UN calls to expand internet surveillance
The internet has become a standard tool for terror groups who use it to spread propaganda, recruit members and raise cash, warns a UN report.
Wider surveillance of the net would help combat this growing problem, said the report by the UN Office on Drugs and Crime (UNODC).
In addition, it said, more could be done to track mobile phones to help catch members of terror groups.
It would be helpful if more ISPs retained data, it said.
"Just as internet use among regular, lawful citizens has increased in the past few years, terrorist organisations also make extensive use of this indispensable global network for many different purposes," said Yury Fedotov, executive director of UNODC in a statement.
As well as maintaining communications between members of terror groups, the net was also proving useful as it let them incite followers to act on their behalf.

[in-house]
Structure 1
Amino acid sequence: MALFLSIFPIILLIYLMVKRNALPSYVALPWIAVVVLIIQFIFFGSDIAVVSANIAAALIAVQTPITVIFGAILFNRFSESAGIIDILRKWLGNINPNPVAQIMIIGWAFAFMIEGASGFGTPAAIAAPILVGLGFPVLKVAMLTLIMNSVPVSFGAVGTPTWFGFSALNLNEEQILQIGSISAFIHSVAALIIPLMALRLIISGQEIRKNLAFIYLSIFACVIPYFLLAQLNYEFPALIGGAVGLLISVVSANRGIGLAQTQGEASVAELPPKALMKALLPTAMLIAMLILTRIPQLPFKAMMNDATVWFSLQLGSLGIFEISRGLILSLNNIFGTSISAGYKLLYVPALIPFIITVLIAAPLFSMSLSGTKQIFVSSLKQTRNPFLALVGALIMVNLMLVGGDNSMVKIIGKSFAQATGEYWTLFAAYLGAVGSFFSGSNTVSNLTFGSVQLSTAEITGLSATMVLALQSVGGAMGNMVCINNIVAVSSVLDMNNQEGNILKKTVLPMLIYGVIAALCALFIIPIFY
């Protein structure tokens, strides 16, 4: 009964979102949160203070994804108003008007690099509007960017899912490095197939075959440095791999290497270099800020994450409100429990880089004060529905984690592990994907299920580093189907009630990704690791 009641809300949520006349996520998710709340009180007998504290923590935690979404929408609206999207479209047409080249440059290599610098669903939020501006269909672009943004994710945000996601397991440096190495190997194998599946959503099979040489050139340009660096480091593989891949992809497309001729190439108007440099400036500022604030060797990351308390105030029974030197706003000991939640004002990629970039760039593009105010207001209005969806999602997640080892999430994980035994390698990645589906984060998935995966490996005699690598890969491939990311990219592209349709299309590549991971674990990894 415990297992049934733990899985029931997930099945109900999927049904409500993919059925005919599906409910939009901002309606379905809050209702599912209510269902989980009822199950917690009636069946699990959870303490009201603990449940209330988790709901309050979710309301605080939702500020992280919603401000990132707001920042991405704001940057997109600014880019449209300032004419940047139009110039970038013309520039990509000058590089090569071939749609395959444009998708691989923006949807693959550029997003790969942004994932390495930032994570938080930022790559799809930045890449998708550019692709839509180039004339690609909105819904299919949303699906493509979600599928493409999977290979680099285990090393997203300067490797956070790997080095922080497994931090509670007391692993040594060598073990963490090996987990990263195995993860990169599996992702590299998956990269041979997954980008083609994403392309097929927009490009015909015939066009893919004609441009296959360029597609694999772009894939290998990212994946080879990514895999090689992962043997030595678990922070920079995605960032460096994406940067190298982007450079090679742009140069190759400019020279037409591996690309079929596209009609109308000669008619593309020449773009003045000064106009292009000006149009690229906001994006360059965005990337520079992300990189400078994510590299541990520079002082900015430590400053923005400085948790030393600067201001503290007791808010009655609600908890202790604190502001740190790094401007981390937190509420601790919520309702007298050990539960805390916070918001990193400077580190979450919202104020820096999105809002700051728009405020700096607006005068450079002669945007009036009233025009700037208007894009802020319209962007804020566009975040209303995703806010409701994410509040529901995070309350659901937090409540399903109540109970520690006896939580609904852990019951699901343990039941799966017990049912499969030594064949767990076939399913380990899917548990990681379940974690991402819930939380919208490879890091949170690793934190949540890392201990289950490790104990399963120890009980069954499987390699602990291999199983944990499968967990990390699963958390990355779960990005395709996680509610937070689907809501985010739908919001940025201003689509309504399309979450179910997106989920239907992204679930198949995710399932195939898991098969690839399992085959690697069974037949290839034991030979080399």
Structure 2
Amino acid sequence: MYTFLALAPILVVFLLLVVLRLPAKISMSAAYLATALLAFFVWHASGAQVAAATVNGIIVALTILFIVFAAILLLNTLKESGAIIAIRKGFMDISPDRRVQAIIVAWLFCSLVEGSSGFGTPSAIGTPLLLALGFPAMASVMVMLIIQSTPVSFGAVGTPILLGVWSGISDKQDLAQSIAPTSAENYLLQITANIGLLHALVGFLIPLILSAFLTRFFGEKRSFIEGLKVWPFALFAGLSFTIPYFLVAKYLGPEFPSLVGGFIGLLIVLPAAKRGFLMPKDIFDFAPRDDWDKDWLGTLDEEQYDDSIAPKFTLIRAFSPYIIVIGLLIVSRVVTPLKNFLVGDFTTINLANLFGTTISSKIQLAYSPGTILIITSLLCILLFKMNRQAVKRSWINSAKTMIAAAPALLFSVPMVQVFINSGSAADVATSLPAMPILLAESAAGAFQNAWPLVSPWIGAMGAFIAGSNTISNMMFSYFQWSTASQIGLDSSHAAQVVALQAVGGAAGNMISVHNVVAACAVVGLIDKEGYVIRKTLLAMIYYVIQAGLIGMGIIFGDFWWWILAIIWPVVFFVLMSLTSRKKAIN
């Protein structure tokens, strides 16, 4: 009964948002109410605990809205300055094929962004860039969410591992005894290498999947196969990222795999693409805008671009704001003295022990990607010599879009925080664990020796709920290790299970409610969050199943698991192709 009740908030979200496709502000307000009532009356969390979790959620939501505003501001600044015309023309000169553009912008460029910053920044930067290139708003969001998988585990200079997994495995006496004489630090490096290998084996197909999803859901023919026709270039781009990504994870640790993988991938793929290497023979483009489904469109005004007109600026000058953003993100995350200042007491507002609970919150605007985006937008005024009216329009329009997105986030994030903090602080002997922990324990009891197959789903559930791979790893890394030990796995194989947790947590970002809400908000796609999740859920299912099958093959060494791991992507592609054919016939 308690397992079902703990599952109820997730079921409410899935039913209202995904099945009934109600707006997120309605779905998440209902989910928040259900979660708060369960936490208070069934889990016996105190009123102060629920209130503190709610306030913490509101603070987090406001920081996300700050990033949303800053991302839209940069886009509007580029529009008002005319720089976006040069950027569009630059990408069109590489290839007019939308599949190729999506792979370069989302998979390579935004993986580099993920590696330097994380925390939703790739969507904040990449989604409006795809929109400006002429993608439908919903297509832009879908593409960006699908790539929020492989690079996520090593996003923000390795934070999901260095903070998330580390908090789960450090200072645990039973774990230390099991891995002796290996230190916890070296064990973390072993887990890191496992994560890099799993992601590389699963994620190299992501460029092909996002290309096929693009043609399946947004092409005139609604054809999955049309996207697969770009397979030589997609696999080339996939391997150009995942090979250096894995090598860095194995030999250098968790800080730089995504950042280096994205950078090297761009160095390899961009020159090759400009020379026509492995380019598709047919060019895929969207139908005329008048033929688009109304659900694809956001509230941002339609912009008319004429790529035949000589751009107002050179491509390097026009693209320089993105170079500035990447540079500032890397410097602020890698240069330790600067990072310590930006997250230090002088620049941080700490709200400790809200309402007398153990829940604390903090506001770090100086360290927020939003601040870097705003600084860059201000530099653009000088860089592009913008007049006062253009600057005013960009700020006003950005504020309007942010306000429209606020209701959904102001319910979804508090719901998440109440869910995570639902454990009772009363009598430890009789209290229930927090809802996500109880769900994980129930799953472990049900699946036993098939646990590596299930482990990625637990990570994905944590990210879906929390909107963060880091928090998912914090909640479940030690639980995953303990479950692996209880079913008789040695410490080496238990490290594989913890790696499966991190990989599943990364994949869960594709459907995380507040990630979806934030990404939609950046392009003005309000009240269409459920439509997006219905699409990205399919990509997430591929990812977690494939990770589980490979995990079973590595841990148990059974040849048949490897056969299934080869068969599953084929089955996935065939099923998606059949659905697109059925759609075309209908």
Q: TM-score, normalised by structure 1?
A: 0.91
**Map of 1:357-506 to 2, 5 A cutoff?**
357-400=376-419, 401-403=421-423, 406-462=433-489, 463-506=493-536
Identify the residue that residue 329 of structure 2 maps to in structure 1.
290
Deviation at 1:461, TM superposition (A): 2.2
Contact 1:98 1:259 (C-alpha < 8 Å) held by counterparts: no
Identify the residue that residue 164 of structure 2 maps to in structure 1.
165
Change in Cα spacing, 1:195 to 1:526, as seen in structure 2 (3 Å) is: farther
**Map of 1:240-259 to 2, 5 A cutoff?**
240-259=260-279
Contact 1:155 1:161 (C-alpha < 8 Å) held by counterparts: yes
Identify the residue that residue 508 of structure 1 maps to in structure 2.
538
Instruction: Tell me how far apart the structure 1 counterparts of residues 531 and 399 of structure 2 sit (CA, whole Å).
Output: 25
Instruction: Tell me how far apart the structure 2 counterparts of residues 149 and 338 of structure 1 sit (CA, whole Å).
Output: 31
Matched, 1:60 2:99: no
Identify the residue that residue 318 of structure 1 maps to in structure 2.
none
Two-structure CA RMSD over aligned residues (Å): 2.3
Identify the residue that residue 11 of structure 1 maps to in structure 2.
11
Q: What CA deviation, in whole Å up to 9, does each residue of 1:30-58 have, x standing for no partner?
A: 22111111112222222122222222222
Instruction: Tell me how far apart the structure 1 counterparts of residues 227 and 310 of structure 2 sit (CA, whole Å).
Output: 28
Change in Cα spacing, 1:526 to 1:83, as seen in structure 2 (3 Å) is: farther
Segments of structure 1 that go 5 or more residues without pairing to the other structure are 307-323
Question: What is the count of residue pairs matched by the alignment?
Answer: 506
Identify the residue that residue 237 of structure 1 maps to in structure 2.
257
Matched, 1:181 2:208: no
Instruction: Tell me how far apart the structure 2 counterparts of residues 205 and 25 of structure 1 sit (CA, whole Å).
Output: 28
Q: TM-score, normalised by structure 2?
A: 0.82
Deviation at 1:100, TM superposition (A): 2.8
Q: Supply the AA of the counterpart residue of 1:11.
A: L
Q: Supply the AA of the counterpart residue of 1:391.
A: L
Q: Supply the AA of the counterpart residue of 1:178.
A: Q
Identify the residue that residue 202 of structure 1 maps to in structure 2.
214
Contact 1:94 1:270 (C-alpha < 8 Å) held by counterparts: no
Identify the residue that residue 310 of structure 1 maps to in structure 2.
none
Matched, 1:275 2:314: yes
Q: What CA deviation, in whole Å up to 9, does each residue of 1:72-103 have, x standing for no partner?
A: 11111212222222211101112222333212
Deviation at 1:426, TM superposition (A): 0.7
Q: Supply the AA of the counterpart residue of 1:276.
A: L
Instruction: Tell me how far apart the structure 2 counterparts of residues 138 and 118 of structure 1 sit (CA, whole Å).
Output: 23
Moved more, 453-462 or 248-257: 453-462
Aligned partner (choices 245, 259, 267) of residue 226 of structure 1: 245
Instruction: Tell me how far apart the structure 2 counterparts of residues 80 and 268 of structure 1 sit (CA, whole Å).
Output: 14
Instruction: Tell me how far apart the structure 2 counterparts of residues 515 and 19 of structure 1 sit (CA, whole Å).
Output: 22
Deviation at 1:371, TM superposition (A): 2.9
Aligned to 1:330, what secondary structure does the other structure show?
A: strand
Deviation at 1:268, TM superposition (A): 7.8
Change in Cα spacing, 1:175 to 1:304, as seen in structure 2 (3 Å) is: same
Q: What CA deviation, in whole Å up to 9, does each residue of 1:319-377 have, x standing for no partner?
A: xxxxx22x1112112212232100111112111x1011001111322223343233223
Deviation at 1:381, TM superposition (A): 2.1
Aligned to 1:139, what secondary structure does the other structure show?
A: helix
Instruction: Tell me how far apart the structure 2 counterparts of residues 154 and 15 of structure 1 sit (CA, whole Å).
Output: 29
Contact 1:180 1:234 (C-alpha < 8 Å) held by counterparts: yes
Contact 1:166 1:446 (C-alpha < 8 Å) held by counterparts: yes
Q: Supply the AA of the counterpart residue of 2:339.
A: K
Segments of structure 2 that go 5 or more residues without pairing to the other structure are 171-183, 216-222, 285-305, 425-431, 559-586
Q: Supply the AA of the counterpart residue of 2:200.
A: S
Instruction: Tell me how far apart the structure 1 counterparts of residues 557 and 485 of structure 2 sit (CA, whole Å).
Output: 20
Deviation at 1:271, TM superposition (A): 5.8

The report detailed evidence from successful operations against terror groups and their members showed what sophisticated users of technology they had become.
For instance, it said, while investigating physicist Adlene Hicheur, French police had to find ways to decrypt emails scrambled with four separate encryption systems. They also had to get round encryption tools used to protect instant message chats from eavesdropping and track payments through web-based finance services.
More comprehensive surveillance of the internet would help with investigations, said the report, as it would make it easier to pinpoint and investigate terror groups and their sympathisers who were typically spread around the globe.
Often, it said, investigations were hampered because different nations had different laws governing how much data ISPs and other net services can, and cannot, retain.
The 148 page report was produced with the help of the UN's Counter Terrorism Implementation Task Force to show member states how to make best use of the net when investigating and prosecuting terror groups.